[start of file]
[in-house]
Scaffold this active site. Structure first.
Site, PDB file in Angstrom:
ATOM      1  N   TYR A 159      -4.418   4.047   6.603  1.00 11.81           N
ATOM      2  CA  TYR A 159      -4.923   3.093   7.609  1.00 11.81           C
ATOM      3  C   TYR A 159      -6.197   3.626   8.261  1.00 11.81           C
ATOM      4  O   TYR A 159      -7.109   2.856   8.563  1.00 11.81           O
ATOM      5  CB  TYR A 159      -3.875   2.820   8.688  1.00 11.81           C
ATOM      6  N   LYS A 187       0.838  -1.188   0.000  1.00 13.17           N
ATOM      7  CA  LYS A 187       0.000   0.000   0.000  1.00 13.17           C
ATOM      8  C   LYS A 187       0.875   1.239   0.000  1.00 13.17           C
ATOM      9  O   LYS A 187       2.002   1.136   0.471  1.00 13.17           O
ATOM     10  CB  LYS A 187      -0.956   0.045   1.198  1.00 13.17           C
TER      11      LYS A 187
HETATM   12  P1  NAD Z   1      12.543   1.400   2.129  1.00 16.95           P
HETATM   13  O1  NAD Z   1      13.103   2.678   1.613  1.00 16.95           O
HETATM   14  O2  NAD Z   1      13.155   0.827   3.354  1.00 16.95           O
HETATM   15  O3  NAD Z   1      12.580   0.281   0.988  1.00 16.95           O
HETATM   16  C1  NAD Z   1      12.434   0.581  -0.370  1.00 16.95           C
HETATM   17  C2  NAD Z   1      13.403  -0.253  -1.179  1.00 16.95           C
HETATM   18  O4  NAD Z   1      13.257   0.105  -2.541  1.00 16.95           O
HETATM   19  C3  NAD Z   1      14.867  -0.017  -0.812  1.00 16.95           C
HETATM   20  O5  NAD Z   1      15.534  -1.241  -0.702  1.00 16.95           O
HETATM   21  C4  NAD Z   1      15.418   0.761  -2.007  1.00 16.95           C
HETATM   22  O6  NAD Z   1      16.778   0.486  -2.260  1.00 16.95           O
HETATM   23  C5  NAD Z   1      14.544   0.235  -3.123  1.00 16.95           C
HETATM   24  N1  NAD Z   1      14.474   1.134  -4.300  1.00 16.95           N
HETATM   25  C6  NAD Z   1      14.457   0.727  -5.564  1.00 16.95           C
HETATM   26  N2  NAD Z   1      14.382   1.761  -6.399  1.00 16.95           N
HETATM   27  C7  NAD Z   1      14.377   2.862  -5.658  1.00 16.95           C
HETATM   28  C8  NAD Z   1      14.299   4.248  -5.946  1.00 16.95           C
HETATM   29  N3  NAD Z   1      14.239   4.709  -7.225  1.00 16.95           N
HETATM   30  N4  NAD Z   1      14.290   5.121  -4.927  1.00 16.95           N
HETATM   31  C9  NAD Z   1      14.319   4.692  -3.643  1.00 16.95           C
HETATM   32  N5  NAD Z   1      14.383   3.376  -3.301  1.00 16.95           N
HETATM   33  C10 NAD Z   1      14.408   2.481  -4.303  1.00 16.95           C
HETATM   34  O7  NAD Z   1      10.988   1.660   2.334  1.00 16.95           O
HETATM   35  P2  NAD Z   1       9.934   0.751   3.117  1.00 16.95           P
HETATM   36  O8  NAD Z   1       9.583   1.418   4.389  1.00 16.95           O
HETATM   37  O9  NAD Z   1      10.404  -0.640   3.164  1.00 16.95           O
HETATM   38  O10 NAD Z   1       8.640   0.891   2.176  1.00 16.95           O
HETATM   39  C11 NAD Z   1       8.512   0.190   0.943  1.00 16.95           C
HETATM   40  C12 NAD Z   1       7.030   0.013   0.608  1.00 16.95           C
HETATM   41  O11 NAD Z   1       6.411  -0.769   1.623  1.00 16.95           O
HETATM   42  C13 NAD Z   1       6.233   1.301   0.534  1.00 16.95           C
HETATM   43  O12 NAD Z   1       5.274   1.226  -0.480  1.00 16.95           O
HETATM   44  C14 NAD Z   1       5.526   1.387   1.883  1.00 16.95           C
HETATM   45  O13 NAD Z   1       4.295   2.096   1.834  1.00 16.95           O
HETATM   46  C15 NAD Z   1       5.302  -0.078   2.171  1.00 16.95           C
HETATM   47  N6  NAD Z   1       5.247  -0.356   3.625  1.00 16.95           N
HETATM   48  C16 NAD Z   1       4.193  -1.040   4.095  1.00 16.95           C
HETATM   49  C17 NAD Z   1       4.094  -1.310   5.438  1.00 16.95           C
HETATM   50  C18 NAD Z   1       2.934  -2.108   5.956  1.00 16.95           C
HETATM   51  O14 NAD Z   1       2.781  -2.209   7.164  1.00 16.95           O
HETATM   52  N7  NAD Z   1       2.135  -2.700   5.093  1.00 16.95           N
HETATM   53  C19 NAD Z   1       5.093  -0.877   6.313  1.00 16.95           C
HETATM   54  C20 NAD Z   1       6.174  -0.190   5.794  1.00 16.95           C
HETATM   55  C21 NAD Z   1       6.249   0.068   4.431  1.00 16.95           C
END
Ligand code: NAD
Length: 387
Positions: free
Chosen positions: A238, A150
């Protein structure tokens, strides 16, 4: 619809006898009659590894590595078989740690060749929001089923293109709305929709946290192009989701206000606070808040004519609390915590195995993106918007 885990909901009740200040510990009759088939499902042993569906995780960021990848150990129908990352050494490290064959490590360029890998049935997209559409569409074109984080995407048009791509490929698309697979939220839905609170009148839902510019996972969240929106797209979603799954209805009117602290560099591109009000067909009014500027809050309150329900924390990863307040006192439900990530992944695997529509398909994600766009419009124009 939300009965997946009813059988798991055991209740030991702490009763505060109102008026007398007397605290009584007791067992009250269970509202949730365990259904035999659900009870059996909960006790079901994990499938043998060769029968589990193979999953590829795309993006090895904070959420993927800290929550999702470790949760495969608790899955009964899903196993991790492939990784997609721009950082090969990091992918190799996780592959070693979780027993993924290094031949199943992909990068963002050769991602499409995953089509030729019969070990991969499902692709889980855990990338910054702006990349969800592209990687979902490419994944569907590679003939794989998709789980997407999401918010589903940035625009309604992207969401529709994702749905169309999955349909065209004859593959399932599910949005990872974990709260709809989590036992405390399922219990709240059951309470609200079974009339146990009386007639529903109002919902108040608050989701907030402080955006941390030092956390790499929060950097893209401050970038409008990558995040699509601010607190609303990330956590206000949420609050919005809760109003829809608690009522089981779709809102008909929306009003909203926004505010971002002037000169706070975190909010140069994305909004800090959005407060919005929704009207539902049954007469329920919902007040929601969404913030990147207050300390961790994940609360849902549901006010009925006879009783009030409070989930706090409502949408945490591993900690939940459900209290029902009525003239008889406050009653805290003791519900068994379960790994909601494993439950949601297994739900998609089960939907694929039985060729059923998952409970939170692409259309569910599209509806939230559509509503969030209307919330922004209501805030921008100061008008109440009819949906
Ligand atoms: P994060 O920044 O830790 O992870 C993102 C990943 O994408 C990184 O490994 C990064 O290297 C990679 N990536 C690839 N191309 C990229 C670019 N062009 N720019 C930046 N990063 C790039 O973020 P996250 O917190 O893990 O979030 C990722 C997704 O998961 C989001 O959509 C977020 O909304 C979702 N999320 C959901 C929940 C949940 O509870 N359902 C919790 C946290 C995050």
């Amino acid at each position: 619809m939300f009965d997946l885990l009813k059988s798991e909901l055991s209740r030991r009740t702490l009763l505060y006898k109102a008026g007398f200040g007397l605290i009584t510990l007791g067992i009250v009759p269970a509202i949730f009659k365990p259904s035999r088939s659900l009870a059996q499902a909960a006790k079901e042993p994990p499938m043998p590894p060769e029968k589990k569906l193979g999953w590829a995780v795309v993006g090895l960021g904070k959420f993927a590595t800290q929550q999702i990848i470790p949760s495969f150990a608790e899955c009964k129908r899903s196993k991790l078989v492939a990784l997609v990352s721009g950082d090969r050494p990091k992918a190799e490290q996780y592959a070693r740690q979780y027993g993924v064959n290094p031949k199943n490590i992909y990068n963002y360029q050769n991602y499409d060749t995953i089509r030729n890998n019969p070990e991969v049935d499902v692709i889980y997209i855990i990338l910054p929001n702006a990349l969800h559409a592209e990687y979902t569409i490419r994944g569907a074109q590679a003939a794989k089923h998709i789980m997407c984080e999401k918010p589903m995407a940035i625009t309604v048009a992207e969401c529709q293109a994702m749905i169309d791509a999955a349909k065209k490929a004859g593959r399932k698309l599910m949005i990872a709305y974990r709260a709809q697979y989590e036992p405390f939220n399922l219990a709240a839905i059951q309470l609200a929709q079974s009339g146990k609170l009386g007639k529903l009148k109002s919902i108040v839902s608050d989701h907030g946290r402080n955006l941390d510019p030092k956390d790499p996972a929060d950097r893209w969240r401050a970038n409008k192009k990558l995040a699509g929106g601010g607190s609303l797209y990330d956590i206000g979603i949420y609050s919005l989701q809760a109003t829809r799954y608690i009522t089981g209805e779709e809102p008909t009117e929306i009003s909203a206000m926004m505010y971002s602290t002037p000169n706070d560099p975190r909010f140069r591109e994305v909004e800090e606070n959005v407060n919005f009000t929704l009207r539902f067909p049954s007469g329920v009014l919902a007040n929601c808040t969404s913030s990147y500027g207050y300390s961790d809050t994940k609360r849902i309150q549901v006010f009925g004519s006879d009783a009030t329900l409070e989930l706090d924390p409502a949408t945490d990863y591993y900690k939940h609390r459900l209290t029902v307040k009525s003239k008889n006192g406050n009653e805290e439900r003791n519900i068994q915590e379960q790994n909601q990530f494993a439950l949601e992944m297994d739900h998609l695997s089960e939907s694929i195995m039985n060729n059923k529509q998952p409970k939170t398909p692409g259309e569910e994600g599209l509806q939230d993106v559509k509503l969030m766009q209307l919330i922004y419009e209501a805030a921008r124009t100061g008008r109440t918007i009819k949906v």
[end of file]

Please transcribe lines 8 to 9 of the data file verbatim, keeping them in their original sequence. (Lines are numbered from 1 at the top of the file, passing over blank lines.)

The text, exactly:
ATOM      5  CB  TYR A 159      -3.875   2.820   8.688  1.00 11.81           C
ATOM      6  N   LYS A 187       0.838  -1.188   0.000  1.00 13.17           N